A thousand Tintins

Kia ora and thanks to all the cool Christchurch kids who entered the Tintin colouring competition. We got nearly a thousand entries, and look how fabulous they are!
Paris's entry Leni's entry Laura's entry     Amelie's entry

Captain Haddock’s Chateau

book coverIn France’s Loire Valley, an enterprising stately home owner has cashed in on the fact of their chateau being used as the model for Moulinsart, the chateau of Captain Haddock. (In English it is called Marlinspike Hall)

Chateau de Cheverny has many attractions – the chateau, the beautiful park , a medieval church of great beauty and the rather savage soupe des chiens – daily feeding of a pack of hounds. Added to this is a small Tintin museum full of lots of interactive fun for the kids.

According to Wikipedia “Marlinspike Hall first appears in The Secret of the Unicorn as the home of the story’s villains, the Bird Brothers. At the end of Red Rackham’s Treasure, the manor (found to have been built by an illustrious ancestor of Haddock’s) is purchased by Professor Calculus on behalf of the Captain; the fabled treasure itself is found hidden in the manor’s old chapel, in the cellars. In the following years, Marlinspike provides a home base for Tintin and Haddock in between their various adventures. In The Castafiore Emerald, virtually all of the action takes place in the hall, its grounds, or the surrounding countryside.”

We don’t have the “soupe des chiens” but we are celebrating Tintin and Belgian culture at our libraries all through October.

Tintin cub reporter turns 80

07497046911Sacre Bleu!! Who’d have believed the ginger bequiffed one was 80 years old, and all without a wrinkle. Belgium’s greatest export aside from choc-choc and Hercule Poirot made his first appearance on January 10th 1929 and has remained a European favourite.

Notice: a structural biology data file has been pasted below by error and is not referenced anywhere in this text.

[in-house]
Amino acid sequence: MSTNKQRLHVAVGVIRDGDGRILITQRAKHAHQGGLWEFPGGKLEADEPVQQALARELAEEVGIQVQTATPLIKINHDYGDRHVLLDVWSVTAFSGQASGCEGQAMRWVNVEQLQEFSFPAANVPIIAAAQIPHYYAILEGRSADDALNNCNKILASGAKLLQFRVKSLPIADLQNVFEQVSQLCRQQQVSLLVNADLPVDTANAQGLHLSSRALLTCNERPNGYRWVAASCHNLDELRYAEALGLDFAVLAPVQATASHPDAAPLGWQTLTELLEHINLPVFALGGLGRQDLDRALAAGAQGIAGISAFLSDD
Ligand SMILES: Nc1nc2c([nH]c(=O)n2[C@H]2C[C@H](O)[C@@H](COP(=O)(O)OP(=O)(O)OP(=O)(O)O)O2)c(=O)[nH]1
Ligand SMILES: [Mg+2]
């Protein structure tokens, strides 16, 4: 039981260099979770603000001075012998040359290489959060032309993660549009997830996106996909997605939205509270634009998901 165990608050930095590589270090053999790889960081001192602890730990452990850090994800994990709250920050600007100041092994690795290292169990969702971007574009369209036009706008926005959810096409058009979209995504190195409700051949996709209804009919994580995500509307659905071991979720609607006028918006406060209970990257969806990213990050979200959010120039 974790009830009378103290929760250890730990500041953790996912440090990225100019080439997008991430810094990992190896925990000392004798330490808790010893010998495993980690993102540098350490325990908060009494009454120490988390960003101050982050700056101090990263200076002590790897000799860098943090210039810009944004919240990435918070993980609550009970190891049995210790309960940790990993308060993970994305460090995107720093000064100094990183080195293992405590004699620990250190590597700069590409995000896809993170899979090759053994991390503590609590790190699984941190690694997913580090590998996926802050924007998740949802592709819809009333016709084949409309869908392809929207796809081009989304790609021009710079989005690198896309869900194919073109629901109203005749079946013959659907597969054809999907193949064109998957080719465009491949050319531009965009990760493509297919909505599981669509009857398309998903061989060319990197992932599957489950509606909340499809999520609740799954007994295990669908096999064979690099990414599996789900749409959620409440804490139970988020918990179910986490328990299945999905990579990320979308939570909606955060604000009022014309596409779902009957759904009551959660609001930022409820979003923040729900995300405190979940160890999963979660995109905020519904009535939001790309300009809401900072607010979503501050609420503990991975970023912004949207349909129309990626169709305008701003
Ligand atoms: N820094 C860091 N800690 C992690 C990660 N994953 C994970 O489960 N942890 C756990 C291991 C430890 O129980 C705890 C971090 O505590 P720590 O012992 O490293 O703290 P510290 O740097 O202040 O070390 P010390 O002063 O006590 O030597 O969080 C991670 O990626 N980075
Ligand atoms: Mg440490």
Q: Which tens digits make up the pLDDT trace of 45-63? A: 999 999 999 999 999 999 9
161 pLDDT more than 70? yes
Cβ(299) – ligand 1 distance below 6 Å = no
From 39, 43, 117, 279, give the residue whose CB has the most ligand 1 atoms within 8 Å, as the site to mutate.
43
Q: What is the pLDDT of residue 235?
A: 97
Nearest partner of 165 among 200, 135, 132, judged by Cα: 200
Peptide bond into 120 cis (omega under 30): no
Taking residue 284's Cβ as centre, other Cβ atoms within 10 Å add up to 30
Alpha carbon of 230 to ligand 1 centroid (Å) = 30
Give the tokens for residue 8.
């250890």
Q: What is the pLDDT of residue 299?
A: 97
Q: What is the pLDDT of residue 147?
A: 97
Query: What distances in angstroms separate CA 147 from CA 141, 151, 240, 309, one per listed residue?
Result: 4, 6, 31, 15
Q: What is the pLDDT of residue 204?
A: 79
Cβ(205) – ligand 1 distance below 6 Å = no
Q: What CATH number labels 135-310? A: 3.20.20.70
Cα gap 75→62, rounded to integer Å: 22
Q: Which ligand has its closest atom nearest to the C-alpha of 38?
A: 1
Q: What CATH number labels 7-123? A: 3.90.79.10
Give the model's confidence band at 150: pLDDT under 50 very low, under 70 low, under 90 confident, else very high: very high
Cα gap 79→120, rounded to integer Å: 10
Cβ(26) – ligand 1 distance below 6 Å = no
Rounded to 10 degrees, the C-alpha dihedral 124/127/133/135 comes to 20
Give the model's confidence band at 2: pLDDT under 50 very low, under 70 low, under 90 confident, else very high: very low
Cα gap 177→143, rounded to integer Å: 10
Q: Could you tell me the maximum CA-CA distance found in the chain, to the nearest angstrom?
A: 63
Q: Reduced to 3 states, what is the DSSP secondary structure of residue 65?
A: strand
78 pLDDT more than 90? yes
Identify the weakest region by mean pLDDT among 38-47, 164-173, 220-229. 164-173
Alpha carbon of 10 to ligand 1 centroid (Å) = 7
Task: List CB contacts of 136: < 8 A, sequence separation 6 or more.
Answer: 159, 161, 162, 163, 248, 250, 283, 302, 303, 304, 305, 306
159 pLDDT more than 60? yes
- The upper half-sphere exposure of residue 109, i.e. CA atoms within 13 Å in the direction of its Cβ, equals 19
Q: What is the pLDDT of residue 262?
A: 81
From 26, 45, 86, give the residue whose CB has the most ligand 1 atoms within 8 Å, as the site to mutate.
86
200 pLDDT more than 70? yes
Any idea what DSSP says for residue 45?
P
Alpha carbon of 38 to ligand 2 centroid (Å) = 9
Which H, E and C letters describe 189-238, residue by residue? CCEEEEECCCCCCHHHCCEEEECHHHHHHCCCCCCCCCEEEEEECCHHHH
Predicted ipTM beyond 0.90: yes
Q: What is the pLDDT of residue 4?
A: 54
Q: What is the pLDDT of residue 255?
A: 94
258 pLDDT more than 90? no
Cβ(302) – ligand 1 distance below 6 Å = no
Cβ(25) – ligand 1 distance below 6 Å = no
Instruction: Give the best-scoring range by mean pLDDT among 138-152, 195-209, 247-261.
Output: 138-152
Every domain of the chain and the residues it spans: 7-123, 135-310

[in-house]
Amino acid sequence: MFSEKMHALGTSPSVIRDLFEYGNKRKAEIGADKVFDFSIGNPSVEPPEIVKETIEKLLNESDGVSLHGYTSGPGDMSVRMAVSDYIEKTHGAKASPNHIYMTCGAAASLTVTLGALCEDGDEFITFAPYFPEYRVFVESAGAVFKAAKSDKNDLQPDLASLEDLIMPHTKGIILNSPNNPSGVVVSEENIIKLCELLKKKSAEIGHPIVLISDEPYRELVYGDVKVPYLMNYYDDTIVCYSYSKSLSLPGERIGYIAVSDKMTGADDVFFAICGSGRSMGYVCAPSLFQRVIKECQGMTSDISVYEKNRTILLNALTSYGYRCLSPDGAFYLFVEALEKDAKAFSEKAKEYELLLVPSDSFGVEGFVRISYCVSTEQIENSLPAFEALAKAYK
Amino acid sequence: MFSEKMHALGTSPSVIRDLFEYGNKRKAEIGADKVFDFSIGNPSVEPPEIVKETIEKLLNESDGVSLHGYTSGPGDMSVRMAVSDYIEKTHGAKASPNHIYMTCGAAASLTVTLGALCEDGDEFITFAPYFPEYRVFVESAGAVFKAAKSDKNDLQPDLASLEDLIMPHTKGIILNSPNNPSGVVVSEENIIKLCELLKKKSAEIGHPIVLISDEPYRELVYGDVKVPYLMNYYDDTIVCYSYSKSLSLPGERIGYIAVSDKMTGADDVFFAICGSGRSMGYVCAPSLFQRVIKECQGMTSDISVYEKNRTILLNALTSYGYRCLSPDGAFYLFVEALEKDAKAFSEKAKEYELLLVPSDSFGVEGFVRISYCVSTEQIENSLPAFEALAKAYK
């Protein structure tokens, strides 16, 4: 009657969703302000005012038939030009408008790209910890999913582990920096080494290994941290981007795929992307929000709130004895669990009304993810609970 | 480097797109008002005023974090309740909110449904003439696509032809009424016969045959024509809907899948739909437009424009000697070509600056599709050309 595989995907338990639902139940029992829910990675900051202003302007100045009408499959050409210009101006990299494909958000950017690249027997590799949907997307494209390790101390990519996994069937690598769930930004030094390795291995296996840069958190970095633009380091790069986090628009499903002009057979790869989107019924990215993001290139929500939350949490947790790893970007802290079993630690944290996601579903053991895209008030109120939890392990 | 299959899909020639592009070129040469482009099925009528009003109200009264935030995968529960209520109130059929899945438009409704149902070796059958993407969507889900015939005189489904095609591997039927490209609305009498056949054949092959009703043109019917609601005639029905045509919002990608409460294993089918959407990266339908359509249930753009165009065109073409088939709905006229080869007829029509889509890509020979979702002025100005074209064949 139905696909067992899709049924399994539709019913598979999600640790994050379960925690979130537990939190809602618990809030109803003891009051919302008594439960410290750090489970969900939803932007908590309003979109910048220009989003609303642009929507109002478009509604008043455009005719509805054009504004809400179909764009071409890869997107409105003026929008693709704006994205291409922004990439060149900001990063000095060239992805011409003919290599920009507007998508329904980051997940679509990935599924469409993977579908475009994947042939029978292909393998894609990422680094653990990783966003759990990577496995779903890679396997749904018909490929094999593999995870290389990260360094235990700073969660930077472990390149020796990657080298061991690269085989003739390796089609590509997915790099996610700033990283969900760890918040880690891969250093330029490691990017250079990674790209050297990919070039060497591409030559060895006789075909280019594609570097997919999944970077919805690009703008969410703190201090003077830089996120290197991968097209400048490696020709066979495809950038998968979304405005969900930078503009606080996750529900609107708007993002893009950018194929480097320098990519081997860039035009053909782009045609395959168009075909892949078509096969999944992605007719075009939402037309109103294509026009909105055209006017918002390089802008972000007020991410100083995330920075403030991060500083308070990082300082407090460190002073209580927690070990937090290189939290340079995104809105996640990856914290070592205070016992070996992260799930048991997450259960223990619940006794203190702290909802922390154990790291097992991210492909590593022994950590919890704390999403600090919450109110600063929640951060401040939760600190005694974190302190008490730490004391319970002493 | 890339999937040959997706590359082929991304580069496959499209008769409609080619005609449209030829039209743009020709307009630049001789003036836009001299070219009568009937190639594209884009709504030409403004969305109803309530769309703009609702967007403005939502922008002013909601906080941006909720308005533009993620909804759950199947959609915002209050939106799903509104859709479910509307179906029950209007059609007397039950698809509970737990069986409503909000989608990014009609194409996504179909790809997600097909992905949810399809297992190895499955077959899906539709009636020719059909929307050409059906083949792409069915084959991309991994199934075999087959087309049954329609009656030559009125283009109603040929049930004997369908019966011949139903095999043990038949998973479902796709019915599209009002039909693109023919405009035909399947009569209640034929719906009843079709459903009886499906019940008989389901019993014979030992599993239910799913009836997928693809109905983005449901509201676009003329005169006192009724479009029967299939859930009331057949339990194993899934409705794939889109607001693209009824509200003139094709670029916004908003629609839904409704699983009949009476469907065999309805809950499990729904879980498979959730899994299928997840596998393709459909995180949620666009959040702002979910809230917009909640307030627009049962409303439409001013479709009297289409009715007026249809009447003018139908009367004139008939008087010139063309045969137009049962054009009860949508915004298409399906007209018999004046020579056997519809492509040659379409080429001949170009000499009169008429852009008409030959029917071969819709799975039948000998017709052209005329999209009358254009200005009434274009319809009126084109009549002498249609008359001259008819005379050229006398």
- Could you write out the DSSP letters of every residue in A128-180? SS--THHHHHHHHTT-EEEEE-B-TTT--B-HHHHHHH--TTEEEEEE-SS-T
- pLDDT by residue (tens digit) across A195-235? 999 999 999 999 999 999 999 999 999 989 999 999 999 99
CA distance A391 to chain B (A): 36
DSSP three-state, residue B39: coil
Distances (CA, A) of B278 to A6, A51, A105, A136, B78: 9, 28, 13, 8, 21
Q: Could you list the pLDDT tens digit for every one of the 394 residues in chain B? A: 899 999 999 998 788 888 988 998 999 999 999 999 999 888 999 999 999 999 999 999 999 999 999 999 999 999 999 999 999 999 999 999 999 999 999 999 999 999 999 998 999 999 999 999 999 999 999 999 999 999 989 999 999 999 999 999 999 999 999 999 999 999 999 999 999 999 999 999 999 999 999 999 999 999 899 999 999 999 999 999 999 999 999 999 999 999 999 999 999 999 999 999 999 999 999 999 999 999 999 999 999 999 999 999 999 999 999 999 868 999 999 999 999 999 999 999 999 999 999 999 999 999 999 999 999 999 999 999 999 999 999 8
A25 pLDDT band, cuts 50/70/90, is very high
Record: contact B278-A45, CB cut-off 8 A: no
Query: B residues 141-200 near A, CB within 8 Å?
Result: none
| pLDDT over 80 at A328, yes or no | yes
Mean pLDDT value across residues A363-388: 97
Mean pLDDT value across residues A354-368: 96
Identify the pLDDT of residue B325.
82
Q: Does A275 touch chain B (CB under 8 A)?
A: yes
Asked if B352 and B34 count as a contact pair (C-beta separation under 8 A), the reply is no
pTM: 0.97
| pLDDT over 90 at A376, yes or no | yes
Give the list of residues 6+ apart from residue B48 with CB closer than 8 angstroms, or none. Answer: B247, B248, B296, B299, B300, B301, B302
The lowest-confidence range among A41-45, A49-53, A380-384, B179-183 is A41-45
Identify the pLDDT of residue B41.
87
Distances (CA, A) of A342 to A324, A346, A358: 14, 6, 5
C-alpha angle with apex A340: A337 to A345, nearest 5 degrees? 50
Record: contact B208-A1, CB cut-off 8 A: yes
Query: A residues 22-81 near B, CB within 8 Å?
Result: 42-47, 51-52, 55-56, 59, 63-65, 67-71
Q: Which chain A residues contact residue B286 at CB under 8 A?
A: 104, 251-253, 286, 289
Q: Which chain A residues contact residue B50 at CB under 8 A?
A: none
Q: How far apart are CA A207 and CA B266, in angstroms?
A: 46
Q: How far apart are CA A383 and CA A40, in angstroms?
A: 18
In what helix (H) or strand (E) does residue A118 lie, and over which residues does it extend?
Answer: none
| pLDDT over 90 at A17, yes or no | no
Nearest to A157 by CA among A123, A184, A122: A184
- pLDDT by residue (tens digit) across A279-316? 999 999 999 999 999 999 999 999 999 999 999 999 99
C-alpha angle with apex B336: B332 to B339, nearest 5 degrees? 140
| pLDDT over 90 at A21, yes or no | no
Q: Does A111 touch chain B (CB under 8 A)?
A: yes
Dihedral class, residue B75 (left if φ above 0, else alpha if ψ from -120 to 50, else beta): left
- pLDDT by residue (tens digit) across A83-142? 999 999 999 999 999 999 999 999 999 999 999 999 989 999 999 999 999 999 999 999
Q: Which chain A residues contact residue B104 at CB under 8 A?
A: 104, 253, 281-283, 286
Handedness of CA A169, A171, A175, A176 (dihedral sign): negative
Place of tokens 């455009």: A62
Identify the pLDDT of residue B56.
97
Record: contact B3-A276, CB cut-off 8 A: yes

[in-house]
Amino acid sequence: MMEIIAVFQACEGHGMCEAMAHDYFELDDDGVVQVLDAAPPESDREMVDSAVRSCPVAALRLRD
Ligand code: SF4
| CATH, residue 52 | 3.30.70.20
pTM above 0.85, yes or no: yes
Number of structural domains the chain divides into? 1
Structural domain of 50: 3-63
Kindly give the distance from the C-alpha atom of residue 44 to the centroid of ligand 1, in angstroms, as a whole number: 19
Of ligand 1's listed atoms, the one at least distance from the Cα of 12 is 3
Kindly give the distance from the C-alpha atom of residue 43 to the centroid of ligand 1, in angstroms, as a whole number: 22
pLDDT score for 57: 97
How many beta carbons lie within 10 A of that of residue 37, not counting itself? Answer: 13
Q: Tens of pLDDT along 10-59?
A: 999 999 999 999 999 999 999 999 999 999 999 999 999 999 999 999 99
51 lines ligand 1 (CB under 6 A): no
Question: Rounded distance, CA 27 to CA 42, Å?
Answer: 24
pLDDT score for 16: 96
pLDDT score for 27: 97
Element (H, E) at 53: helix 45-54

Intriguingly ambiguous, energetic, pure of heart, brave and intrepid Tintin and, bless him, Snowy have galloped through 24 adventures beginning with The Adventures of Tintin in the Land of the Soviets through to the unfinished Tintin and the Alph-Art. Loveable pisshead Captain Haddock (Billions of bilious blue blistering barnacles!) connoisseur of Loch Lomond whiskey joined the gang in 1941, while Thompson and Thomson, the excruciatingly inept British Bobbies turned up first in the Cigars of the Pharaoh in 1934 and then spend the rest of their print career pursuing Tintin for crimes he didn’t commit.

A colourfully cartoony cast of characters have all graced the pages of Tintin’s adventures: Professor Calculus, Nestor, my personal favourite the “Milanese nightingale” Bianca Castafiore, General Alcazar and baddies Rastapopoulos, Dr Muller etc. The Adventures of Tintin, an animated TV series, is well worth seeing and of course Peter Jackson’s Tintin movie has been gaining mahoosive amounts of attention although studio deal delays have set its release date back to 2011.

The burning question which has been preoccupying particularly the French media as Europe celebrates Tintin’s special birthday is Tintin’s sexuality, is Tintin gay? Matthew Parris in the Times makes a strong case in support of Tintin’s homosexuality even going so far as to describe Snowy as a “mincing toy dog”, how very dare he! Regardless of Tintin’s predilections the wonderful ligne claire illustrations, cosmopolitan locations and fast-paced plots make Tintin an enduring classic.